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Third Annual Benefit Dinner – Join us October 17th!

We would be thrilled to have you join us at our Third Annual Benefit Dinner! This year’s theme, “Growing Superheroes” introduces us to a new way of thinking about our youth. In their own words, our refugee students have described what skills and abilities they bring to our city, and to our world as a whole. It will be an evening that will not disappoint! We hope to see you there. Tickets can be purchased at: www.plantingdeeperroots2018.eventbrite.com 

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Standing In Hope

Over the last few weeks, two students have become fast friends. This past year, Zubeda, a second grader, and her brothers started to attend our after school program for homework help. What Zubeda found was friendship.  Fatima, a Kindergartener, also started to attend the after-school tutoring program this year. Although they come from different countries, their parents share a similar story. Both families settled in Grand Rapids after seeking refuge from war in their home countries. The two girls found a common bond when they started coming to the Refugee Education Center.  

The other day, as they put their arms around each other, their expression became an example of what we see daily at the Refugee Education Center: students finding a safe place to learn and belong, and parents finding a hope for their children’s future.  

So what does it look like to stand in hope for refugees in 2018?  

Although numbers for resettlement to the US have dwindled in the past year, Grand Rapids has a strong presence of refugees creating a new life here. It currently is home to more than 25,000 refugees. As the news headlines transition away from the crisis abroad, the need still remains to support refugees here at home. So as we work together to stand in hope for refugees in our community, let us not stand by on the sidelines but stand in the gap.   

At the Refugee Education Center, we were able to provide educational support to over 300 students in 2017. We have witnessed children excelling in their grades at school, overcoming language barriers, and  going on to graduate. Yet, we also understand that without an environment of safety, a child cannot learn. So while providing educational support through course catch-up and English Language support, the Center also creates a space of hope, peace, and solidarity.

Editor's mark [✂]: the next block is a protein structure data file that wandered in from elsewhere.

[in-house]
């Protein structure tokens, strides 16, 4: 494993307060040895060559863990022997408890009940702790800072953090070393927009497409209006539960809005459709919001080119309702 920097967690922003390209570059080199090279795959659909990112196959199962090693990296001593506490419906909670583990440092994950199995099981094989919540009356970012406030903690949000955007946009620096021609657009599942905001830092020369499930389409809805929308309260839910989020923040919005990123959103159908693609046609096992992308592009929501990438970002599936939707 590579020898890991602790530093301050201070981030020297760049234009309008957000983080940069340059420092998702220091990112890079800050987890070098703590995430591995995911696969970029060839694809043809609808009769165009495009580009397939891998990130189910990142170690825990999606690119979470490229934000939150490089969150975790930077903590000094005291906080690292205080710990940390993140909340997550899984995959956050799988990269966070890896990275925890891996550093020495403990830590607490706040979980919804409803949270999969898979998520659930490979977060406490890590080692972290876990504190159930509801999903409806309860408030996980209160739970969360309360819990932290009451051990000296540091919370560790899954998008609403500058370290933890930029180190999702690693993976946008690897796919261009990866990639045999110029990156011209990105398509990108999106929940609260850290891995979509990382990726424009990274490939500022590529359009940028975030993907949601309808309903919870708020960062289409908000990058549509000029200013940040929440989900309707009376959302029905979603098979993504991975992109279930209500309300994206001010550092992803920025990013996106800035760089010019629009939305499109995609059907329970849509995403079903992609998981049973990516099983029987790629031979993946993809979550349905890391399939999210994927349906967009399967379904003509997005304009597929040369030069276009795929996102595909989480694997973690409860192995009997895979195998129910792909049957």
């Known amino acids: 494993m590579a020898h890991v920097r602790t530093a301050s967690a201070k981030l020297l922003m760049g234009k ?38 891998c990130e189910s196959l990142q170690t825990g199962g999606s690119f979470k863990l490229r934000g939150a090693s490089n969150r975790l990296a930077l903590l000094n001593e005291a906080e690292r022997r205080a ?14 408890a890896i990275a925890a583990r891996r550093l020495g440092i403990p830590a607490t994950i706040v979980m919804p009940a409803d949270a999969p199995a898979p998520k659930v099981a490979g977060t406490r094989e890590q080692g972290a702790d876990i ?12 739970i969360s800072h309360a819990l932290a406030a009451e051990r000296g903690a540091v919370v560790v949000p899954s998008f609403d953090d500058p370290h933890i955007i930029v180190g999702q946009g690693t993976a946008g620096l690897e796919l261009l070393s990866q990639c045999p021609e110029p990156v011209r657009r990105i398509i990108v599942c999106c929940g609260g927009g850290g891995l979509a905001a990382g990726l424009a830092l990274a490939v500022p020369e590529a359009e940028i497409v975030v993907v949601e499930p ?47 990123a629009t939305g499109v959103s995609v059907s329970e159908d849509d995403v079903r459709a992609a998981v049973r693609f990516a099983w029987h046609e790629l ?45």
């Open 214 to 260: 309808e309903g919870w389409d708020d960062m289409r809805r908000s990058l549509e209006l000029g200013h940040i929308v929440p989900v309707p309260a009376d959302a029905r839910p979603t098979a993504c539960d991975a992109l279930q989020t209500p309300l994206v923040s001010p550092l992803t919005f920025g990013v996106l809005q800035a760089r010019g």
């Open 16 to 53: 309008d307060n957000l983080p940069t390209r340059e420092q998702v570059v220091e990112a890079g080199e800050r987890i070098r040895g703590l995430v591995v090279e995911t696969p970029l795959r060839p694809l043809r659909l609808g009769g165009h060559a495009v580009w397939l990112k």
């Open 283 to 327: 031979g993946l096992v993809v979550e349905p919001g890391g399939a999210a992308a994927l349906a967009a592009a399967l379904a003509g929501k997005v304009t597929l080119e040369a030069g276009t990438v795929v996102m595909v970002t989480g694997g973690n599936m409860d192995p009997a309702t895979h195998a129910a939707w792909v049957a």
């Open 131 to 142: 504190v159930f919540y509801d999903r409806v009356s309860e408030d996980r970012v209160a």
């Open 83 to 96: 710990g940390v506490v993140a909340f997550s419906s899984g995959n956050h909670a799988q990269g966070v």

Standing in hope for refugees in Grand Rapids looks like creating support systems that work for our newest neighbors. It looks like hiring refugees in your business or visiting a refugee-owned business. It looks like creating a seat at the decision-making table. At The Refugee Education Center, it looks like tutoring a child or supporting our work financially.  

 So, let us choose to enter into new stories of hope right here in West Michigan. Let us choose to invest in the life of a child so he or she can reach their dreams to become our future doctors, lawyers, and educators.  

 The image of Zubeda and Fatima standing together reminds us of the hope refugee families seek when they come here. So while countries continue to be at war with each other, let us continue to stand in hope in our own community, in every way we can.  

Stand with us… in hope.  

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We’re Hiring!

We are launching an early childhood project focused on the development of our community’s youngest refugees and are in need of a qualified individual to lead the start-up of our early childhood center. Along with running the center, this position will be heavily involved in mentoring a diverse group of early childhood professionals, including an associate director. For the full position description click here.

Please e-mail your resume and cover letter to info@refugeeeducationcenter.org.

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Planting Deeper Roots Benefit Dinner – You’re Invited!

You are cordially invited to the Refugee Education Center’s “Planting Deeper Roots” Annual Benefit Dinner. We consider it a privilege to work with such amazing families, who have shown such resilience as they create a new place to call home. In order for families become full participants of West Michigan, we believe that we need to provide the right resources for families to plant deeper roots here.

We would love to share more with you about who we are, what we’ve been up to, and where we are going. Help us welcome refugees in our community and support their desire to flourish in their new homes.

The Goei Center
Tickets are $25 per person

OCTOBER 5, 2017
5:30 – 6:30pm  Reception
6:30- 8pm  Dinner & Performance

All contributions will go directly towards advancing programs and impact of the Refugee Education Center in the refugee community. All funds raised will go directly to our Education and Youth Development programs.

Tickets will be available until the week of the event, and will not be available for purchase at the event. Limited quantity available.

Purchase TICKETS here!

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A few months ago, we wrote about one student of ours named Tula. Well this year is his big year to graduate from high school and head out into the world. Last night he did just that. With a glimmer of excitement and pride in his eyes, he walked across the stage to get his diploma. 

For the refugee students and families who have worked so hard to start a new life here in the US — having overcome difficulties with language and gaps in education, transitions in culture and new friendships – it is a milestone accomplishment to graduate from school.